Disc Replacement or Fusion in Cervical Disc Surgery?

Cervical spine surgery

The vast majority of persons with cervical disc disease discomfort (more than 90%) will get well on their own with modest, conservative treatments over time. Cervical Disc Surgery, on the other hand, may be helpful if other therapies fail or if your symptoms deteriorate to the point where you lose strength in your arms and legs. Cervical myelopathy is the medical term for this condition, and surgery is suggested by Spine Specialists.

An irregularity in one or more discs (the cushions) that reside between the neck bones causes cervical disc disease (vertebrae). When a disc is destroyed, it can produce neck pain owing to inflammation or muscle spasm. This can be caused by degenerative disc disease (or DDD) or an unknown reason. In severe situations, pressure on the cervical nerve roots or spinal cord can cause discomfort and numbness in the arms.

The disc that is pinching the nerve or pressing on the spinal cord is usually removed during Cervical Disc Surgery. A discectomy is a name for this procedure. The surgeon can remove the disc through a tiny incision in the front (anterior discectomy) or rear (posterior discectomy) of the neck while you are under anesthesia, depending on where it is placed. Microdiscectomy, a comparable procedure, removes the disc using a microscope or other magnifying device through a tiny incision.

When a disc is removed, a technique is usually undertaken to seal the space left behind and return the spine to its previous length. Patients might choose between two options:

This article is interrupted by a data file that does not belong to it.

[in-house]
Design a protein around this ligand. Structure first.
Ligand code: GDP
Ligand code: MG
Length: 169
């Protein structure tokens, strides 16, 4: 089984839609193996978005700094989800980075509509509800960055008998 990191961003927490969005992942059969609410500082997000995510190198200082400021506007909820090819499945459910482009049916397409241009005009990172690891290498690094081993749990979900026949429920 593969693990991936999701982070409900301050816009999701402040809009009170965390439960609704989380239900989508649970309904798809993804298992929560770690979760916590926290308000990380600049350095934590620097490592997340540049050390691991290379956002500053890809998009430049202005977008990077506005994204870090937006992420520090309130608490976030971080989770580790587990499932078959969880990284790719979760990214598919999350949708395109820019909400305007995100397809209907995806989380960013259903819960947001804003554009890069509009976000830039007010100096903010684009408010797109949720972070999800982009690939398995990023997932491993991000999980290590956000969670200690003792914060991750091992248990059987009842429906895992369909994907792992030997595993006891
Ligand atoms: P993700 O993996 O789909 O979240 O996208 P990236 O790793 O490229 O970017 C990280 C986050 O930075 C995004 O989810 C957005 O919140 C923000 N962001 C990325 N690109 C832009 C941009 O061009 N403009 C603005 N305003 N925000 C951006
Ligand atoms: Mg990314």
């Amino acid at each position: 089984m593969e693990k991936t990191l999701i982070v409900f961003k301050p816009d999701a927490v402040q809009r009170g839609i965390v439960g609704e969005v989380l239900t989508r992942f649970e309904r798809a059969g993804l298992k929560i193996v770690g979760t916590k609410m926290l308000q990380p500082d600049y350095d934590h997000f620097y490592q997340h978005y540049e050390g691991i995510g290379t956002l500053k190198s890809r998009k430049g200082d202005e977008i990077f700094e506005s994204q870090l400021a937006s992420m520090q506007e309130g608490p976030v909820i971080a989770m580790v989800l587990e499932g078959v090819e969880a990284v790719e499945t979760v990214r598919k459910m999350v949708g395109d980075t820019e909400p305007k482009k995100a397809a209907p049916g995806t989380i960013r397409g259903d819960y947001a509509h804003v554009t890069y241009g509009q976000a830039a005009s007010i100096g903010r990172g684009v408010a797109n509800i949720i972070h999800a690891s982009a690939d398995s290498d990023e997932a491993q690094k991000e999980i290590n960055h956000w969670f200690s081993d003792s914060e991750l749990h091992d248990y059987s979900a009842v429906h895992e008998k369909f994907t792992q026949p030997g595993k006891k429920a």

• Replacement of the cervical disc with an artificial disc
  • Fusion of the cervical vertebrae

The Prestige Cervical disc, which appears and moves similarly to a natural disc but is composed of metal, was authorized by the FDA in 2007. Several artificial cervical discs have been created and authorized since that time. According to ongoing research, the artificial disc can relieve neck and arm discomfort as safely and efficiently as cervical fusion while providing a range of motion that is comparable to or better than cervical fusion. People who receive the artificial disc are frequently able to return to work sooner. The procedure to replace the disc, on the other hand, is more time-consuming and can result in higher blood loss than cervical fusion.

It’s still unclear how long the artificial discs will survive. Cervical fusion is an option for people who receive an artificial disc. However, if a patient has cervical fusion initially, an artificial disc cannot be placed in the same location subsequently.

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